• Improve your understanding of your personae by digging into the website visitor behavior: which pages they spend time on, what are their routes on the website lead to the most conversion. The last page before conversion might often be the same (for instance, the pricing page) - then which landing page did they arrive on? which blog post or solutions page did they read longer than the others?

  • Identify pages with higher bounce rates or lower engagement to improve them and get a better experience for your visitors on your website.

  • Analyze the behavior of those users that abandon their shopping carts. Is there a pattern here you can leverage?

The more, the merrier! Increase conversion and retention with your data warehouse

Things become increasingly interesting when mixing website data with other information you might have. Many companies have a CRM with information related to customers and prospects, typically after sign-up. And many will also use email to maintain communication with customers. Opportunities become exceptional when you use all these together.

For instance, a credit underwriter would contact you to offer a restructuring when collecting churn-related information, such as a call to customer service to ask for your payment schedule.

The CRM has information on what was bought, when, and maybe even information on margins. There are many types of campaigns and actions you can build based on effective audience strategies. For example, you can isolate an audience of customers of product category 1 (CRM), and who have interacted with pages of product category 2 (website data or email nurturing clicks) that you will retarget with category two products by email or any other means.

This is about finding an interesting campaign for customers based on actions and interests. The possibilities are endless. The variables to define an audience that will be put in action are what they did on your website, what they bought when they did so, what they have been looking at… and even some additional event-based information (stock levels? retailing events?) or offline interactions with your team. Each data source is interesting, but together they become very powerful if you can action them.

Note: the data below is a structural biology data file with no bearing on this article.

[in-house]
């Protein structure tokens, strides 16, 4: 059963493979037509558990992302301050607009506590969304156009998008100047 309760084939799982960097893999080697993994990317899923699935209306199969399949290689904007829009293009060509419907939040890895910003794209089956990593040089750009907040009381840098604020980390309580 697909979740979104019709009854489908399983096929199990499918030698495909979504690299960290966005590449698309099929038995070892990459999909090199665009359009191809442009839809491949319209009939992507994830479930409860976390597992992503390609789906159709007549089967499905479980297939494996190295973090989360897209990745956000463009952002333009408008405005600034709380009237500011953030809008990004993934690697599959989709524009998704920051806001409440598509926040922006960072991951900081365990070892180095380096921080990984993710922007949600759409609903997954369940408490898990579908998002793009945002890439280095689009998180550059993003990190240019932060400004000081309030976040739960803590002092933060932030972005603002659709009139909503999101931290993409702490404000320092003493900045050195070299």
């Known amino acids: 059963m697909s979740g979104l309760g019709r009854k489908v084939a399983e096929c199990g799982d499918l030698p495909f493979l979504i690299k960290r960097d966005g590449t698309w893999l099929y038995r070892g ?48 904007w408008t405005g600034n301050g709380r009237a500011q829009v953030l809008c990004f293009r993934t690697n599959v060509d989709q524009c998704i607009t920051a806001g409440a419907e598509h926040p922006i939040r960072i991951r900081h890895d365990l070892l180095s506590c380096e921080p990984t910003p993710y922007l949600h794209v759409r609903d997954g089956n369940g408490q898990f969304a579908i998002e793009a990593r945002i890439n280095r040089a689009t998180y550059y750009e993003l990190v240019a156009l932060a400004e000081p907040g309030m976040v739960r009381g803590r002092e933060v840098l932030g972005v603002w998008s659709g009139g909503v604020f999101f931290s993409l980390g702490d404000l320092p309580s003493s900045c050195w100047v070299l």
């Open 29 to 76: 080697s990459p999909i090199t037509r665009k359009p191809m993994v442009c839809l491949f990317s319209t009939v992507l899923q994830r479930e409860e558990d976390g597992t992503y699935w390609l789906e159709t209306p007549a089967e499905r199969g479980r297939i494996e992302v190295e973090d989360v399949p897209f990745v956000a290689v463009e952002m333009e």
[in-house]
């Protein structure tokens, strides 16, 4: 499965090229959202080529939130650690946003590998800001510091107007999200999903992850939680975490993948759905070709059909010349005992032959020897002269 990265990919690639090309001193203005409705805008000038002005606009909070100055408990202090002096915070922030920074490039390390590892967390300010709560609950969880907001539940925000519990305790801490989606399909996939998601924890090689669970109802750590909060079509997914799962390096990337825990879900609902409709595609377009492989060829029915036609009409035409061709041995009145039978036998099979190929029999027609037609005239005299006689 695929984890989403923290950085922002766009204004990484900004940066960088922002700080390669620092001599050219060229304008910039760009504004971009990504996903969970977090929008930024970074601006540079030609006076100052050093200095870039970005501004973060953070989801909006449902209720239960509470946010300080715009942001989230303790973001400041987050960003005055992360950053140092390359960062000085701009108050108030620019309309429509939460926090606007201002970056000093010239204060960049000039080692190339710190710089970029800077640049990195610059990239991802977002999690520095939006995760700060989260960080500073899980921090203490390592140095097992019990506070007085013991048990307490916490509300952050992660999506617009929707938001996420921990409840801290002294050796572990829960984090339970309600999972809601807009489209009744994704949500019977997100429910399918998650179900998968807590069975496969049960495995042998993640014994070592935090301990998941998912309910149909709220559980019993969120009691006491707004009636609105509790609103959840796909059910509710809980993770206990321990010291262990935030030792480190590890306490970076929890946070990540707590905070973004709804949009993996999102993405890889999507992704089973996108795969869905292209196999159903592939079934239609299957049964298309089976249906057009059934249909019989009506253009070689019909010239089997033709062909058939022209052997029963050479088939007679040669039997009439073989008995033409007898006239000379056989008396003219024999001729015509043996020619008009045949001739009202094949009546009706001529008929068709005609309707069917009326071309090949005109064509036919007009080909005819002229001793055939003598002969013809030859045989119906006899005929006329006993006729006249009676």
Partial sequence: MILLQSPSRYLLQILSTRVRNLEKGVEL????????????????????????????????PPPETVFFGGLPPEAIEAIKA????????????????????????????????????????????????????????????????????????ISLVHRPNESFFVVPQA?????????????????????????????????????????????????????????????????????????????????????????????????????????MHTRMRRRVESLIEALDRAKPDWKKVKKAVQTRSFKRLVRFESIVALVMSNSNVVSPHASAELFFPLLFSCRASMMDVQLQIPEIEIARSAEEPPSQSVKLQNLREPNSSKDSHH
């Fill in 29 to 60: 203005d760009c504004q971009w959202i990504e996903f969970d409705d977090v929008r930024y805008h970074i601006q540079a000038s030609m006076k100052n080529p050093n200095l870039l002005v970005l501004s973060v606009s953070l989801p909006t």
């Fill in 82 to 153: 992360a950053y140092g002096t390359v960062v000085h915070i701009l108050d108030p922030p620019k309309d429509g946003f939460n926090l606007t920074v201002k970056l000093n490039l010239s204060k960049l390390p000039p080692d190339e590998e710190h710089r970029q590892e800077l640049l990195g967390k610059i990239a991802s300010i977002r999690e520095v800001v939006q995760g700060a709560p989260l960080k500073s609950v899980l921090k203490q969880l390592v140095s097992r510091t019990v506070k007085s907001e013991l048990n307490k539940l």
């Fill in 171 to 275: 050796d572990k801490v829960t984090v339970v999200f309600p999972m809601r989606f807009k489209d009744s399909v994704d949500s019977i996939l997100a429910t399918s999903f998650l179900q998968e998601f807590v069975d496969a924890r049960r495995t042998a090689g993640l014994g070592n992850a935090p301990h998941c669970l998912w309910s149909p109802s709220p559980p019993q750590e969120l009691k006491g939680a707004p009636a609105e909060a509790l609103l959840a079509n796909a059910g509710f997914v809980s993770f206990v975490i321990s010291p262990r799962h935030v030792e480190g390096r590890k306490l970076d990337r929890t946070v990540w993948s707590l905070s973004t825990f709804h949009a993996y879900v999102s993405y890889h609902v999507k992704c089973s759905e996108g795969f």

Data warehouse : a large store of data accumulated from a wide range of sources within a company and used to guide management decisions.

Oxford Languages

💡If you understand the importance of a single source of truth, but don't know how to build it, don't hesitate to consult our resource on technical challenges for building a data warehouse.

The combination of a data warehouse and a Reverse ETL process allow to build a custom Customer Data platform, also known as "Composable CDP".

Your data has to be unlocked and activated. Once it is connected together, you build specific audiences and then put them into action. This is our vision of what marketing data should be doing:

  1. A specific audience is sent to a dedicated channel where it receives a tailored message. A lot of effort has been put in place to get that customer to sign-up and provide you with his contact, whether by email or phone.

  2. Now is the time to send him value-added communication that makes sense for him and yields good returns for you. Spend time on the messaging, the offering, the channels used, and the creativity/design.

  3. Measure and improve.

DinMo sends the online and offline data which is stored in your data warehouse to your marketing platforms.

Data Activation

The opportunity is for your team and yourself to put your thinking into action. Activation platforms such as Google Ads or Meta should be kept to what they are good at serving ads. You stay in charge of what you do and put your thoughts and data in motion by creating customer profiles or audiences across all of your channels. There are many ways to do that, to create efficient customer experiences. We will work on giving you more thoughts. A first step could be to check how to work with conversion APIs.